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The top five things you hate most about customer service

What winds you up about your interactions with everyday brands?

a male customer services representative on the phone to a customer

Whether you’re buying new gadgets, planning a holiday or managing your finances, everyone has to deal with customer service from time to time. An outstanding experience can persuade you to keep returning to a brand; being treated badly can put you off for life.

We asked thousands of shoppers to tell us what infuriates them most about customer service, plus the things they value in a positive experience, to discover the secrets behind the brands getting it right. Our research revealed a number of common likes and gripes, and found that what winds you up the most about customer service varies by age and where in the UK you live.

Read on to see the top five customer service bugbears and find out how social media is changing the way we interact with brands.

Then, read the results of our survey of the best and worst big brands for customer service, as rated by those who use them.

woman on the phone who is angry

The top five customer service irritations

1. International call centres (46%)

Nearly half of the 3,690 people we surveyed told us that non-UK call centres are one of the thing that annoys them most about customer service.

Those aged over 45 were more likely to be wound up by this. Around half of those aged over 54 voted non-UK call centres a big irritation, while just a quarter of 25-34 year olds find them annoying.

2. Automated telephone systems (38%)

Having to select from pre-recorded menus on the phone is the next biggest customer service gripe, winding up more than a third of the people we spoke to. It also bothers older customers more than younger ones.

3. Being passed around lots of different people (34%)

One energy company customer told us: ‘I spoke to approximately 10 different people who told me different things.’

4. Rude staff (29%)

Younger people are more likely to find rude staff annoying when dealing with a brand. Four in ten (38%) of those aged 25-34 voted rude staff among their top irritations, compared with 24% of 65-74 year olds.

A third (34%) of women say rude staff are one of their top irritations, compared with only a quarter (23%) of men.

5. Staff being too busy talking to each other (28%)

One bank customer said: ‘Sometimes staff are abrupt or rude and can talk down to you.’ While a high street clothing store shopper told us: ‘Staff seem demotivated and disinterested in helping customers.’

Queuing

How do you feel about waiting around in queues? Our survey revealed that your answer could be different depending on where you live. Long queues are more of a frustration for customers in Wales and England than those in Scotland and Northern Ireland.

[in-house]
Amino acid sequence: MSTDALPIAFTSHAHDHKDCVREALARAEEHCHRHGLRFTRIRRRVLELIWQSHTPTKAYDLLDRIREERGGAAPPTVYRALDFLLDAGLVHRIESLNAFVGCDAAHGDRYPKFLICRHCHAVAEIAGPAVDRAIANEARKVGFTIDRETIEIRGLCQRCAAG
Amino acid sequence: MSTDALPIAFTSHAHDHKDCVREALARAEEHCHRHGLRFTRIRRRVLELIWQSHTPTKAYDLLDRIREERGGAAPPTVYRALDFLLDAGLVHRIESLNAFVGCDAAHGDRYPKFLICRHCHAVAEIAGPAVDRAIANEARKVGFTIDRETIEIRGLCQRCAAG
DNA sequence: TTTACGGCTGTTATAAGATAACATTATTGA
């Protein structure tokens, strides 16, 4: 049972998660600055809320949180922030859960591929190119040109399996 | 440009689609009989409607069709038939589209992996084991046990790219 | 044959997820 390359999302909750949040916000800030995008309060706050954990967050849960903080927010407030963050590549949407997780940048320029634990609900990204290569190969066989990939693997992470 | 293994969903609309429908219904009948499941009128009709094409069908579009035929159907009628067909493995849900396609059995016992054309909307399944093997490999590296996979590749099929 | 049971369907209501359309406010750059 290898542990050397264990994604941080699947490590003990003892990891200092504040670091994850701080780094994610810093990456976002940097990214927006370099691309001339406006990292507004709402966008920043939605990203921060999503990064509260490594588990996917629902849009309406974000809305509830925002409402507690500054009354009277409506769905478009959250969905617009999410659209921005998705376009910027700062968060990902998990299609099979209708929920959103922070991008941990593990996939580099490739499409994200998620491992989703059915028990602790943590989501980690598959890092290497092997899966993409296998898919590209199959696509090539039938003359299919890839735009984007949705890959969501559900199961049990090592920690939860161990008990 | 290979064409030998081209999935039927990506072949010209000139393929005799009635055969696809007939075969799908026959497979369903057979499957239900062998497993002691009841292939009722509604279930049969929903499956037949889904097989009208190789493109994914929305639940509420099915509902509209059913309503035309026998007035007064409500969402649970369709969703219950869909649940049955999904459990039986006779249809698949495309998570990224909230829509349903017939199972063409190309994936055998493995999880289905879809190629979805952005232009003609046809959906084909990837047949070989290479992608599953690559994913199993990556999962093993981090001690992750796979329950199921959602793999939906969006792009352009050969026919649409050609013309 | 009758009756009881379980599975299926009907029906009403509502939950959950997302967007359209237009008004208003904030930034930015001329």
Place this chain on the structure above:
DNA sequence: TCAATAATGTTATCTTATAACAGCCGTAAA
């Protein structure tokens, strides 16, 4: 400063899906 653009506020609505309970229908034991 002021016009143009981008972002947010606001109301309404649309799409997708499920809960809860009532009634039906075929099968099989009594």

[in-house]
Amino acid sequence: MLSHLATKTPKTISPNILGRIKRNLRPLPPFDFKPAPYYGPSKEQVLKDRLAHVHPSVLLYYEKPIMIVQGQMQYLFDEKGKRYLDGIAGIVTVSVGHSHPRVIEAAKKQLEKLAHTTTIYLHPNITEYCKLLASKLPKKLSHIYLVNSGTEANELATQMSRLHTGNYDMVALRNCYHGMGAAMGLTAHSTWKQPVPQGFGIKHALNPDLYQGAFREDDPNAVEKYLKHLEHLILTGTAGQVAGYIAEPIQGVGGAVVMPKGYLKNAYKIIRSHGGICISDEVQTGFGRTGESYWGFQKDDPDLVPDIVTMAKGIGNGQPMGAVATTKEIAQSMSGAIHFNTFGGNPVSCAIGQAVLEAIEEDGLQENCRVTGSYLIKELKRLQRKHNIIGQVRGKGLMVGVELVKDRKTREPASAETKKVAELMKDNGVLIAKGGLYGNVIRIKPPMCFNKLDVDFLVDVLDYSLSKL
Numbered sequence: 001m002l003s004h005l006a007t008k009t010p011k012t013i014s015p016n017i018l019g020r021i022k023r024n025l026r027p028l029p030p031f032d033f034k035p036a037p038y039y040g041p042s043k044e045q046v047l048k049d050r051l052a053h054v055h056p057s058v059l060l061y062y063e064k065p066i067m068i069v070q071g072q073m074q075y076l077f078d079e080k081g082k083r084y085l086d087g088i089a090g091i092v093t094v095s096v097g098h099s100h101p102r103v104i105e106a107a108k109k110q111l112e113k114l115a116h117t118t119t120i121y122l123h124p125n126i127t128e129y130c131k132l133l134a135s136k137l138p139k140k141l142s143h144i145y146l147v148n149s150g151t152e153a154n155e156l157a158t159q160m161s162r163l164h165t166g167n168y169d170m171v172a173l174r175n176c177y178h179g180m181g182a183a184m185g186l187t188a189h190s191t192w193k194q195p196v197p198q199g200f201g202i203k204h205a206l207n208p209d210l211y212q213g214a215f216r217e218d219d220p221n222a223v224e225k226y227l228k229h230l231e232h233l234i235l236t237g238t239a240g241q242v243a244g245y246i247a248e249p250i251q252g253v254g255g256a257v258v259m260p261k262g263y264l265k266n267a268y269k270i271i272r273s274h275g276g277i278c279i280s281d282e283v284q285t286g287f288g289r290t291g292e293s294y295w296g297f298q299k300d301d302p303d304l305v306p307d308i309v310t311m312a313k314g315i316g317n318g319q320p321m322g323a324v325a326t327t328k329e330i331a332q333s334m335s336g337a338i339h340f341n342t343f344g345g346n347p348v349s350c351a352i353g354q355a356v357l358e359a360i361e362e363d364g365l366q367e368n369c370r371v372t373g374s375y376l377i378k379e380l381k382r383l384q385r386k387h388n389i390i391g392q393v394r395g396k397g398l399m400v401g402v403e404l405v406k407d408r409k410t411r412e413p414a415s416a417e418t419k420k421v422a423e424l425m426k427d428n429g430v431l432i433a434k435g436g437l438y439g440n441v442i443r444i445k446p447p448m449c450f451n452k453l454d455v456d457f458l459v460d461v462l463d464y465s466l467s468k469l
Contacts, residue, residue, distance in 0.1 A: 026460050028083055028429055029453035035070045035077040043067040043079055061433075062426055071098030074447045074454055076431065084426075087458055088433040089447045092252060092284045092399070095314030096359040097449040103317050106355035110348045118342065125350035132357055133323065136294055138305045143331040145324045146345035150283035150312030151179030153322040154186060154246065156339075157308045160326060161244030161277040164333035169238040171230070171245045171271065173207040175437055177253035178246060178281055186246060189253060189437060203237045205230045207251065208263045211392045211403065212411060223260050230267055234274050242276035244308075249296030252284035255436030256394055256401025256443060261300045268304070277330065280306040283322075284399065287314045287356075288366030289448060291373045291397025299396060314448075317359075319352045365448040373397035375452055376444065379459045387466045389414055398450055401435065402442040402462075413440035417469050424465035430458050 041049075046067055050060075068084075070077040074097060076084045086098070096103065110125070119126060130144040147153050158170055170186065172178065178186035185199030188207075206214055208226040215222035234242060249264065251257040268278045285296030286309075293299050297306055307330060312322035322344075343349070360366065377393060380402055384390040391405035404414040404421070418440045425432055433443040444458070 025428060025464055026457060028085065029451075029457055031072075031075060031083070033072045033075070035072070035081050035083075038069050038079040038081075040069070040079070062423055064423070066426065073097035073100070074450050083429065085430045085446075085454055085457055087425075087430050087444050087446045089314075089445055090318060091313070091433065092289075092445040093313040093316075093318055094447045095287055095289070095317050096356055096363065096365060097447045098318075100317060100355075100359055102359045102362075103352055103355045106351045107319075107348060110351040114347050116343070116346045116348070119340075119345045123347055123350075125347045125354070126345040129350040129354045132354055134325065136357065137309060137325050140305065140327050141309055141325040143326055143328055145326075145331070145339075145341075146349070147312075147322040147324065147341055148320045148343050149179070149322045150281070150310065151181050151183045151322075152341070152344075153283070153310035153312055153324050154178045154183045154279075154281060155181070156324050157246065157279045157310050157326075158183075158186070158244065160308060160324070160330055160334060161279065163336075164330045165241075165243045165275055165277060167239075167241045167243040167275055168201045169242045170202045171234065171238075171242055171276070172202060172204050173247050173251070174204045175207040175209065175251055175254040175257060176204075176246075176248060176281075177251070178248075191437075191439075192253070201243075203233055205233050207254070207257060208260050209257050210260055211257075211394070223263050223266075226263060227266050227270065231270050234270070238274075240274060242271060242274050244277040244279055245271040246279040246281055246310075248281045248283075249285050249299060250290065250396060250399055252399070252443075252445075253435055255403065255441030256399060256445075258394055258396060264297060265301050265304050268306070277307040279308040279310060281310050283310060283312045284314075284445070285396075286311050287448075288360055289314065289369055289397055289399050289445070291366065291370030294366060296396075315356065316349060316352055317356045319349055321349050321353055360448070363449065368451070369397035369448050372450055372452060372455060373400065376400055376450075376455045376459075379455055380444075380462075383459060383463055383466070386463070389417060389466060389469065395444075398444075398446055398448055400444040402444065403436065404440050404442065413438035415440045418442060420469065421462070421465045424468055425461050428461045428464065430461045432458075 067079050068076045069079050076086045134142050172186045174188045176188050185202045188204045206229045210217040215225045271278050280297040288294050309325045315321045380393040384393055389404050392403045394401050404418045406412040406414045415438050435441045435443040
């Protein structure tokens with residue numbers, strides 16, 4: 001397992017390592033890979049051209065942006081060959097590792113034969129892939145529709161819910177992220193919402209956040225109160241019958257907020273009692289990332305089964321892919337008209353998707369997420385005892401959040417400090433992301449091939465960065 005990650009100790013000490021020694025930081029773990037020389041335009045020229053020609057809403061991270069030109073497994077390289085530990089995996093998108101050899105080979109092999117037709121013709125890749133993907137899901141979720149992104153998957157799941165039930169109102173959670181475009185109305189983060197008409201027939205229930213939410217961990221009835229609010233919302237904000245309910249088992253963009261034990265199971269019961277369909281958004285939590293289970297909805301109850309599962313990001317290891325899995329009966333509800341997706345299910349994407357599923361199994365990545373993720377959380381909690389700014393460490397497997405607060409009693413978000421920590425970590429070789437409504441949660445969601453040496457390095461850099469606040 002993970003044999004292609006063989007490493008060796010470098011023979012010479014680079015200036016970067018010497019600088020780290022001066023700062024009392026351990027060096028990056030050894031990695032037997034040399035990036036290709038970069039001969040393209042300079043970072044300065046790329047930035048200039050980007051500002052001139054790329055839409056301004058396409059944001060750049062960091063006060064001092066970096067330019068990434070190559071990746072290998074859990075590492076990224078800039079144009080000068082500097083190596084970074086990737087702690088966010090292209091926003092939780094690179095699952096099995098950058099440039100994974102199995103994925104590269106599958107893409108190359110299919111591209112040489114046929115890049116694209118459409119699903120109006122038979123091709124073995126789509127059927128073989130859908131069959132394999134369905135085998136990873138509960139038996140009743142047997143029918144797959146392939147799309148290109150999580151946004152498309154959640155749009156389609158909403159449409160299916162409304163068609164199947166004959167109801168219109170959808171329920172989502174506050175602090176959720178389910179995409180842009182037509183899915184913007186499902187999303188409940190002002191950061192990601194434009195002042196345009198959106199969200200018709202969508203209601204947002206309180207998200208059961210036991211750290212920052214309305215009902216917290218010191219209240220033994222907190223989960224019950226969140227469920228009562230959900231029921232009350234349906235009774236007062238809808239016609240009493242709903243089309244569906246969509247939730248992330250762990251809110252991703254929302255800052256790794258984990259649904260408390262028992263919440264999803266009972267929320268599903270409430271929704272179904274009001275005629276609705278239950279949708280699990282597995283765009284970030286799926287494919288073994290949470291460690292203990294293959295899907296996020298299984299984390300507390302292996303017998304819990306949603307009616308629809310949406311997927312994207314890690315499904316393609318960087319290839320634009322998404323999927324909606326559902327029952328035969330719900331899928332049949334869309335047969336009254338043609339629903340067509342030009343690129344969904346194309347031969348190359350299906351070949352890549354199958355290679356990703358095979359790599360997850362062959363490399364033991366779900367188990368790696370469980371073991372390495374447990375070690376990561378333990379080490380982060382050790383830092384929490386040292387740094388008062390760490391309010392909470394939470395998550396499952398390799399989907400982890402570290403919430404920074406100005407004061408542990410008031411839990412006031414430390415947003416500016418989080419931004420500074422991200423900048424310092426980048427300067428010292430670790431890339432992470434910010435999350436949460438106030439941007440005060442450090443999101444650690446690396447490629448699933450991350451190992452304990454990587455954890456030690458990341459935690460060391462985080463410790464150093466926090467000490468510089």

They’re one of the biggest irritations for 29% in Wales and 25% in England. But just 21% of respondents in Northern Ireland and 18% in Scotland find them frustrating.

If you’re tired of waiting in long supermarket queues, read our guide to learn the secrets of savvy queuing.

What makes great customer service?

According to Dr Jeff Bray, lecturer in retail consumer behaviour at Bournemouth University, the key to a positive customer service experience is a ‘personalised, tailored response’. It’s no wonder, then, that many of the things you appreciate most revolve around responsible, knowledgeable staff who resolve your problems efficiently.

Twitter, Facebook and digital customer service

The rise of digital and social media in customer service is a ‘fundamental shift’, Dr Bray explains. Permanently manned Twitter accounts, in particular, are changing our expectations. On social media ‘we expect someone to be at the other end and to get a response within half an hour, 24/7,’ he says.

A third of people we spoke to mainly used online channels to interact with brands in the past year. But this varies by sector. A tenth (10%) mainly deal with their supermarket online, compared with three quarters (74%) for holiday or travel companies.

‘The challenge for brands is that it’s all public and there’s a clear commercial imperative to respond in a timely manner,’ Dr Bray said. There’s ‘opportunity for companies to win customer advocacy through solving a problem in a successful and proactive way’, but there are also ‘some of the biggest brands out there who are utterly inept’. Any failings are there for all to see.

Despite the rise of customer service on social media, traditional channels, such as telephone and email still have a big part to play. You’re most likely to interact with your energy firm, bank and travel company on its website, but you’ll probably pick up the phone to your telecoms provider or car maintenance firm. Despite online shopping, going in-person to supermarkets and other retailers is still most common.

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